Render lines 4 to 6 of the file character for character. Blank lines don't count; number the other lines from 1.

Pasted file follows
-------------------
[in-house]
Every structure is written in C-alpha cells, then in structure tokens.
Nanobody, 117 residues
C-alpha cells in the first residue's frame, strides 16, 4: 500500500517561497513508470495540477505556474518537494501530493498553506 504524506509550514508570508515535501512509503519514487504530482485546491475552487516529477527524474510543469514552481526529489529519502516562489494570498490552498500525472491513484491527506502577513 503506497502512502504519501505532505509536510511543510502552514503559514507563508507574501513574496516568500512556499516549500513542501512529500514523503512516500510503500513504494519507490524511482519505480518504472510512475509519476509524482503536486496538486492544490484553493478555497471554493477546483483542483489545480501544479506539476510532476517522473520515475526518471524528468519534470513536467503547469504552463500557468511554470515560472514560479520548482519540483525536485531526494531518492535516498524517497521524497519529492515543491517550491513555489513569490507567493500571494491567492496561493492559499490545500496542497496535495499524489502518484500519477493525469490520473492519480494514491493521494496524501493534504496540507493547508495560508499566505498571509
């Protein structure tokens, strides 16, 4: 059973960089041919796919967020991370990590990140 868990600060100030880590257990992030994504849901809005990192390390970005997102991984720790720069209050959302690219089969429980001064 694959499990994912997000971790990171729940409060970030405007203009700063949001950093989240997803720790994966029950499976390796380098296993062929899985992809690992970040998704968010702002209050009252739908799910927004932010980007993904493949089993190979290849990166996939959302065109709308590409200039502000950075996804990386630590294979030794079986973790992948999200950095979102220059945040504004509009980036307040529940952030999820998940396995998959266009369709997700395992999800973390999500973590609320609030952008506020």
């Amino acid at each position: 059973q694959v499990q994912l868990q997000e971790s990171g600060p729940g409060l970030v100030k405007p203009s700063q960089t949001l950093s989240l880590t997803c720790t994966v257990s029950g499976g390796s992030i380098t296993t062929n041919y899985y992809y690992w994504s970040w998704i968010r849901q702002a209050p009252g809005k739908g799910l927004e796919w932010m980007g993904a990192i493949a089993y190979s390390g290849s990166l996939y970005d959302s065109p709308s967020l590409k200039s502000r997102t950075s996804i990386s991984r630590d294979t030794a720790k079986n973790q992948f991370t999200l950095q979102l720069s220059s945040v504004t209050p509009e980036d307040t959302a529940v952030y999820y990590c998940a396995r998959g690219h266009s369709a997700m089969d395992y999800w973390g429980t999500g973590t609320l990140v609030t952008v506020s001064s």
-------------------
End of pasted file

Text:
C-alpha cells in the first residue's frame, strides 16, 4: 500500500517561497513508470495540477505556474518537494501530493498553506 504524506509550514508570508515535501512509503519514487504530482485546491475552487516529477527524474510543469514552481526529489529519502516562489494570498490552498500525472491513484491527506502577513 503506497502512502504519501505532505509536510511543510502552514503559514507563508507574501513574496516568500512556499516549500513542501512529500514523503512516500510503500513504494519507490524511482519505480518504472510512475509519476509524482503536486496538486492544490484553493478555497471554493477546483483542483489545480501544479506539476510532476517522473520515475526518471524528468519534470513536467503547469504552463500557468511554470515560472514560479520548482519540483525536485531526494531518492535516498524517497521524497519529492515543491517550491513555489513569490507567493500571494491567492496561493492559499490545500496542497496535495499524489502518484500519477493525469490520473492519480494514491493521494496524501493534504496540507493547508495560508499566505498571509
């Protein structure tokens, strides 16, 4: 059973960089041919796919967020991370990590990140 868990600060100030880590257990992030994504849901809005990192390390970005997102991984720790720069209050959302690219089969429980001064 694959499990994912997000971790990171729940409060970030405007203009700063949001950093989240997803720790994966029950499976390796380098296993062929899985992809690992970040998704968010702002209050009252739908799910927004932010980007993904493949089993190979290849990166996939959302065109709308590409200039502000950075996804990386630590294979030794079986973790992948999200950095979102220059945040504004509009980036307040529940952030999820998940396995998959266009369709997700395992999800973390999500973590609320609030952008506020």
């Amino acid at each position: 059973q694959v499990q994912l868990q997000e971790s990171g600060p729940g409060l970030v100030k405007p203009s700063q960089t949001l950093s989240l880590t997803c720790t994966v257990s029950g499976g390796s992030i380098t296993t062929n041919y899985y992809y690992w994504s970040w998704i968010r849901q702002a209050p009252g809005k739908g799910l927004e796919w932010m980007g993904a990192i493949a089993y190979s390390g290849s990166l996939y970005d959302s065109p709308s967020l590409k200039s502000r997102t950075s996804i990386s991984r630590d294979t030794a720790k079986n973790q992948f991370t999200l950095q979102l720069s220059s945040v504004t209050p509009e980036d307040t959302a529940v952030y999820y990590c998940a396995r998959g690219h266009s369709a997700m089969d395992y999800w973390g429980t999500g973590t609320l990140v609030t952008v506020s001064s």